Seagate working on next-gen HAMR hard drives with 30TB memory

After launching 20TB heat-assisted magnetic recording (HAMR) storage drives, Seagate is reportedly working on hard drives with 30TB capacity
Gianluca Romano, Seagate’s CFO, at Citi 2021 Global Technology Virtual Conference said, “We have a 20TB HAMR that we actually started to sell December last year, […] we are just producing enough quantity that we can sell to our main customers so that they get familiar with the new drive. We are developing our second-generation HAMR drive that will probably be around 30TB. That is the drive that we want to ramp in volume.”
Consumers use faster solid-state drives (SSDs) for their storage needs whereas companies that use high-capacity HDDs are operators of exascale data centres like Google, Apple iCloud, One Drive, among others.
2nd generation HAMR drives
For those unfamiliar with HAMR, by temporarily heating the disk material during the writing process, the technology significantly enhances the amount of data that can be stored on a magnetic hard drive which allows for more data to be written in the same area.
Seagate’s HAMR technology allows it to increase the area density of its HDDs significantly and rather quickly. Modern 20TB HDDs featuring nine platters have an area density of around 1.116 Tb/inch2.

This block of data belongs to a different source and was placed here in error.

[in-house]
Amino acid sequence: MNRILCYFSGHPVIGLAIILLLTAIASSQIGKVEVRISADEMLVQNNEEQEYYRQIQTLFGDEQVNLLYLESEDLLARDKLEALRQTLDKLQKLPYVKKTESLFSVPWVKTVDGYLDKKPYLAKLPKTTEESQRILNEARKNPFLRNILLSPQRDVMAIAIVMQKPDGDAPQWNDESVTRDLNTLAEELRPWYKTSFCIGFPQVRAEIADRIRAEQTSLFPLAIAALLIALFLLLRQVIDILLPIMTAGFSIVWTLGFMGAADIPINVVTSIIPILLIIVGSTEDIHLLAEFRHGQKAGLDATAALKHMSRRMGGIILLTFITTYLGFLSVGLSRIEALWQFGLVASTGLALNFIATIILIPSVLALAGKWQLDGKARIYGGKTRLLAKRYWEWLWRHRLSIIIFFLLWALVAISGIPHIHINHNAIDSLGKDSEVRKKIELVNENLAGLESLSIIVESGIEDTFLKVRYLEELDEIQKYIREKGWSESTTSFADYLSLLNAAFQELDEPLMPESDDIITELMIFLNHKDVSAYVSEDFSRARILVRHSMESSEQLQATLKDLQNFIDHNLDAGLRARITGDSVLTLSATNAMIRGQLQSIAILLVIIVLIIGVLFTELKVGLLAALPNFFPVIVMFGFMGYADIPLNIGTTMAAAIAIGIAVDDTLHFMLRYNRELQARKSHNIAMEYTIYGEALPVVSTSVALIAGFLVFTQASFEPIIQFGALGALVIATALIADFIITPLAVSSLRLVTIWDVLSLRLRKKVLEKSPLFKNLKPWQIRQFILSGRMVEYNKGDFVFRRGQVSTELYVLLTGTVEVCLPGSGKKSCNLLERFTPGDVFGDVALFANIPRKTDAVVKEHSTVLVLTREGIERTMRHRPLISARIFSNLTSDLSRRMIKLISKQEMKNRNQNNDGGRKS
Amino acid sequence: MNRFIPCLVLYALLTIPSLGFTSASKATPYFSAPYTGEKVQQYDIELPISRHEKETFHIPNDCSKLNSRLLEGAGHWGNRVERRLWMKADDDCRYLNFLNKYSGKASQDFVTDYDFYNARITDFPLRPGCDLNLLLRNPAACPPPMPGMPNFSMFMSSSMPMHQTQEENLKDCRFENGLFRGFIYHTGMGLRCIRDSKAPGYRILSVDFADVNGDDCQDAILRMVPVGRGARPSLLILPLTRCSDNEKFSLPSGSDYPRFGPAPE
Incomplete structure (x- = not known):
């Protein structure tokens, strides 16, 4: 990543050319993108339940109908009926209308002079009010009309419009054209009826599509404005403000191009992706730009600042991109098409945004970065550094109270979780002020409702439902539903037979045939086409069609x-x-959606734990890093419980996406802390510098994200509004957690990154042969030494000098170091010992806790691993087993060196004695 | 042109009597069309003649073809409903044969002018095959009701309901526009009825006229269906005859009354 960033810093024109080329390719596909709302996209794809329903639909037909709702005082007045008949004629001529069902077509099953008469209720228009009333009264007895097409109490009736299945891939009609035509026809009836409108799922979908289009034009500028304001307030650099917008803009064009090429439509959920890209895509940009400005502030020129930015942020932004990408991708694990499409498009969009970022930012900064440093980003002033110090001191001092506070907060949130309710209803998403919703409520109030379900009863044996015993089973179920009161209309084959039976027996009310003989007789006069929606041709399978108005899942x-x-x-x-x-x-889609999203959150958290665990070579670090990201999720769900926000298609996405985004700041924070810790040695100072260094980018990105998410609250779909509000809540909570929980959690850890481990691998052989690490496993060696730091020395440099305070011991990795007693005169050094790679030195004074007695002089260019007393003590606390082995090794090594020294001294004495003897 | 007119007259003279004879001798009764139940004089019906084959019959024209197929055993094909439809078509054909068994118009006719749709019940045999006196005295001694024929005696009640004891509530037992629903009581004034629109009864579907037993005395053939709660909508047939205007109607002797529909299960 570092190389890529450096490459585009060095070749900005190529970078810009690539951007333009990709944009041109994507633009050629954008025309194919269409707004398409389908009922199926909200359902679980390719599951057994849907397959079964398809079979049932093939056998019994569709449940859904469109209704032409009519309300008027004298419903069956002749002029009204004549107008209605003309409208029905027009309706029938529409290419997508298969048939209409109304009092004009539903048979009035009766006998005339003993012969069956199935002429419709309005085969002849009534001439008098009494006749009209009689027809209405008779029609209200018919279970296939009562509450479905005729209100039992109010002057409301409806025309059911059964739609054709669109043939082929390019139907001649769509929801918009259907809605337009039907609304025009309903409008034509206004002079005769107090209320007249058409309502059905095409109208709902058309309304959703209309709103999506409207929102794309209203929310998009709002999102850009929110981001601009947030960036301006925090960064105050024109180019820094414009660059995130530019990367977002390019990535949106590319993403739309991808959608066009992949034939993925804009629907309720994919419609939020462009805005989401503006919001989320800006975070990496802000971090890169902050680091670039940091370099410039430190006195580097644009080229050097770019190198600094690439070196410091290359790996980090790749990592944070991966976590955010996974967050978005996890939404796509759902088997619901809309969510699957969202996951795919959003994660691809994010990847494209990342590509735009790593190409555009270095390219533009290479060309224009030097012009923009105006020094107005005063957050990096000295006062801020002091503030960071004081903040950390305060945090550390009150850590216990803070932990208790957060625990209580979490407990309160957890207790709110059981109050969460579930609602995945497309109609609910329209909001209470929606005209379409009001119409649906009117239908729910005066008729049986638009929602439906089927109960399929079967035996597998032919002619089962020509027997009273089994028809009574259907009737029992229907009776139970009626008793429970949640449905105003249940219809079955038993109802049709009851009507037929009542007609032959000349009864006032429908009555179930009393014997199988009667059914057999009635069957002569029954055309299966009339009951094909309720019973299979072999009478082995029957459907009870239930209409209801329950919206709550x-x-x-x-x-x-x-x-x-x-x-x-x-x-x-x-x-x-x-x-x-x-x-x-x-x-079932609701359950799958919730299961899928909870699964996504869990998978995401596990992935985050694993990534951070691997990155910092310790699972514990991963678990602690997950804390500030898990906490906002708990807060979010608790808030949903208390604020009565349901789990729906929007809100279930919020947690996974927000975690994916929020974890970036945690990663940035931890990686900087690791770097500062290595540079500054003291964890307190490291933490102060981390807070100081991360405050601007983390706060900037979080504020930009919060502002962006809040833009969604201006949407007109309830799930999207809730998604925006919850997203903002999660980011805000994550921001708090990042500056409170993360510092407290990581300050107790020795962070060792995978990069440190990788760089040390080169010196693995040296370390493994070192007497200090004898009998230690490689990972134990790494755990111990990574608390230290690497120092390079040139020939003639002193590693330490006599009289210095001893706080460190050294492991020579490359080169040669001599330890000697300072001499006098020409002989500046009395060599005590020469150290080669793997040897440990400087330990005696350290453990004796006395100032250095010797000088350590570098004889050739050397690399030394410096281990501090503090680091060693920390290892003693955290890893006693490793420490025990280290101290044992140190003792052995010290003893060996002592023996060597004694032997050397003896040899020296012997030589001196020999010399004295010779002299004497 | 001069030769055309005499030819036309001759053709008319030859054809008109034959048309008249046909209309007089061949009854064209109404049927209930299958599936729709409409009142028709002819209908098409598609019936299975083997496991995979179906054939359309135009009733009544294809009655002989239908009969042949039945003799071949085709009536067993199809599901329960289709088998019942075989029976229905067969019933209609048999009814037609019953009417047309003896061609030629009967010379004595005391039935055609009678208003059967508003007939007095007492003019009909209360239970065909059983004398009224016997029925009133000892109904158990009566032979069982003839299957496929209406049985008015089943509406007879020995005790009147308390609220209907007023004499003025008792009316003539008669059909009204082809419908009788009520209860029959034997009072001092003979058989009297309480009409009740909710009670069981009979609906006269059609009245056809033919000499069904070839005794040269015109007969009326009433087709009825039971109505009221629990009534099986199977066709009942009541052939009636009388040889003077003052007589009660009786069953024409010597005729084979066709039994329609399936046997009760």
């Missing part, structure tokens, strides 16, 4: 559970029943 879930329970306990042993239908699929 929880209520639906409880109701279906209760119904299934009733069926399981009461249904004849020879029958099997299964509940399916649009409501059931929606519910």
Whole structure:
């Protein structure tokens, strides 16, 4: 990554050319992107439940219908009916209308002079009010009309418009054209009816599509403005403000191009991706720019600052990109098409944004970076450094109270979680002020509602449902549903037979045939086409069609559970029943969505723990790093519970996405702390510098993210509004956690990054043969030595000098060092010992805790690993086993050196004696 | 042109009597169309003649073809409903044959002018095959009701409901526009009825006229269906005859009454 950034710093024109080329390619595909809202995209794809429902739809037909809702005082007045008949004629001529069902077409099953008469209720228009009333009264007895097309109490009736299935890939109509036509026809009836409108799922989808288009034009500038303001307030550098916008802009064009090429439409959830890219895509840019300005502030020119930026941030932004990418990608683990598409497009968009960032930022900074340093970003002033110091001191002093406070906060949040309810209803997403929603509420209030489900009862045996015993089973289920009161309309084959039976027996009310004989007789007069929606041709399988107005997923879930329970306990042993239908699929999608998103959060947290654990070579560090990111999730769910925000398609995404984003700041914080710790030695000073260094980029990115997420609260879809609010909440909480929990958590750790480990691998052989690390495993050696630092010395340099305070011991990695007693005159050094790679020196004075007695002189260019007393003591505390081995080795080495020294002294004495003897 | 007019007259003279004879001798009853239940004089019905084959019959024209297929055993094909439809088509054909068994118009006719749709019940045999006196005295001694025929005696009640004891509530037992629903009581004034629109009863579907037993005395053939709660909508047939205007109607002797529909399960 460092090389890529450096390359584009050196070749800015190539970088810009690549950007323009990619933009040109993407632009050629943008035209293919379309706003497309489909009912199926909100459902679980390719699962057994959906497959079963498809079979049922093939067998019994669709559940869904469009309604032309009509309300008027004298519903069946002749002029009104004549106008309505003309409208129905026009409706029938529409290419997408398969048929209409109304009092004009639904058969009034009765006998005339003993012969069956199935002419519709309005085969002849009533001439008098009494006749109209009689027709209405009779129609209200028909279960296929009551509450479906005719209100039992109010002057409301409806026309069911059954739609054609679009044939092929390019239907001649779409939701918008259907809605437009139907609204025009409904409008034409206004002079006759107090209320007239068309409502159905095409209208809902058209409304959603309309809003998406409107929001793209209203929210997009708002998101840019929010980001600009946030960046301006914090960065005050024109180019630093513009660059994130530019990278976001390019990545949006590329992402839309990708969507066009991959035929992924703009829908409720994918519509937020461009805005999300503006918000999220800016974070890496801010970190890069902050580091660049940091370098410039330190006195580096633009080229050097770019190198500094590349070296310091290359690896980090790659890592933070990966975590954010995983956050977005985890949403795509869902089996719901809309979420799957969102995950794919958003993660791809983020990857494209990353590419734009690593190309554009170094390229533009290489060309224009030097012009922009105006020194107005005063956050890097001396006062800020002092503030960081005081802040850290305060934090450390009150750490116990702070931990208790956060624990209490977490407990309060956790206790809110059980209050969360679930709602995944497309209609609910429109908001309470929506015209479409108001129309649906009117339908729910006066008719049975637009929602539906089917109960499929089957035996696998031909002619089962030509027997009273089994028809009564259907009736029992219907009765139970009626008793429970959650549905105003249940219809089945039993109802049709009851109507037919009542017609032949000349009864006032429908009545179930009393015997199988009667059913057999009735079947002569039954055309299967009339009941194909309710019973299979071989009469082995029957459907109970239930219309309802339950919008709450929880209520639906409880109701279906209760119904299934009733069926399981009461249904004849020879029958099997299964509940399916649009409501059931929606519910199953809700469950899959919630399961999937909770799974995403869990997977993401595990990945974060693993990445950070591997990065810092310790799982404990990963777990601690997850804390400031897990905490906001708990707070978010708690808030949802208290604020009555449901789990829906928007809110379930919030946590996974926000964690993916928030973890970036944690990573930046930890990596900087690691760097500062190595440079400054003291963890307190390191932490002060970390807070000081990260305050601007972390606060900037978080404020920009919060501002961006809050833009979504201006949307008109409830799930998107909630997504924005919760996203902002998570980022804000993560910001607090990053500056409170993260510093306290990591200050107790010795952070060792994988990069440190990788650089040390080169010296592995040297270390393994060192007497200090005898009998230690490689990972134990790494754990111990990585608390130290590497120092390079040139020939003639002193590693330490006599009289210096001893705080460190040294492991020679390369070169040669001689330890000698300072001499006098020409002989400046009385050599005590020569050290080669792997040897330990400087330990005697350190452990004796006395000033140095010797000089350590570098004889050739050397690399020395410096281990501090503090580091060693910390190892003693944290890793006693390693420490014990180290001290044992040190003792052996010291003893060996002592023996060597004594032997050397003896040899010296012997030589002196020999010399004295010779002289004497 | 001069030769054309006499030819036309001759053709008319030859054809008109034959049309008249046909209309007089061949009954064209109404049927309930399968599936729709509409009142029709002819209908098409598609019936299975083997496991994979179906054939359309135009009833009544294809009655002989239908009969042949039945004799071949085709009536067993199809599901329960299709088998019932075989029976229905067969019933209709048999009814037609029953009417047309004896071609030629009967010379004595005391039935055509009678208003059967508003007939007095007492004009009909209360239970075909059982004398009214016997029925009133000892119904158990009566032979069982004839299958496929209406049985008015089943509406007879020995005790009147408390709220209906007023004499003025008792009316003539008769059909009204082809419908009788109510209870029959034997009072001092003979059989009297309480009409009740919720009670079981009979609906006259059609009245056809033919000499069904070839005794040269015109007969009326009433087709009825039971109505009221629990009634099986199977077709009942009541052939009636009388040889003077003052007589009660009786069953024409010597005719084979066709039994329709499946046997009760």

Seagate has demonstrated that its HAMR technology can support area densities of up to 2.6 TB/inch2 with a path to grow to 6TB/inch2 by 2030 to enable 100TB 3.5-inch HDDs. But HAMR is tricky as it requires not only new heads but also new media, which eventually slows down its adoption for mass products.
Future of storage technology
Romano did not disclose when the company expects its second-generation HAMR platform to hit the market. Yet, keeping in mind that Seagate plans to launch a 50TB HDD in FY2025 (which ends in mid-2025).
It is reasonable to expect the company to launch its 30TB hard drives sometime before that (the calendar year 2023 or early 2024). On the one hand, this means that Seagate still has aggressive plans for HAMR, but on the other hand, this means that the high-volume rollout of this technology will be delayed by a lot. What remains to be seen is how Seagate plans to keep increasing the capacities of its hard drives before its next-generation HAMR platform emerges.
Both Toshiba and Western Digital use energy-assisted magnetic recording technologies for their premium products. Meanwhile, Seagate’s 18TB HDD relies on PMR and TDMR technologies, which have proven to be quite efficient, but which are largely believed to be losing relevance.

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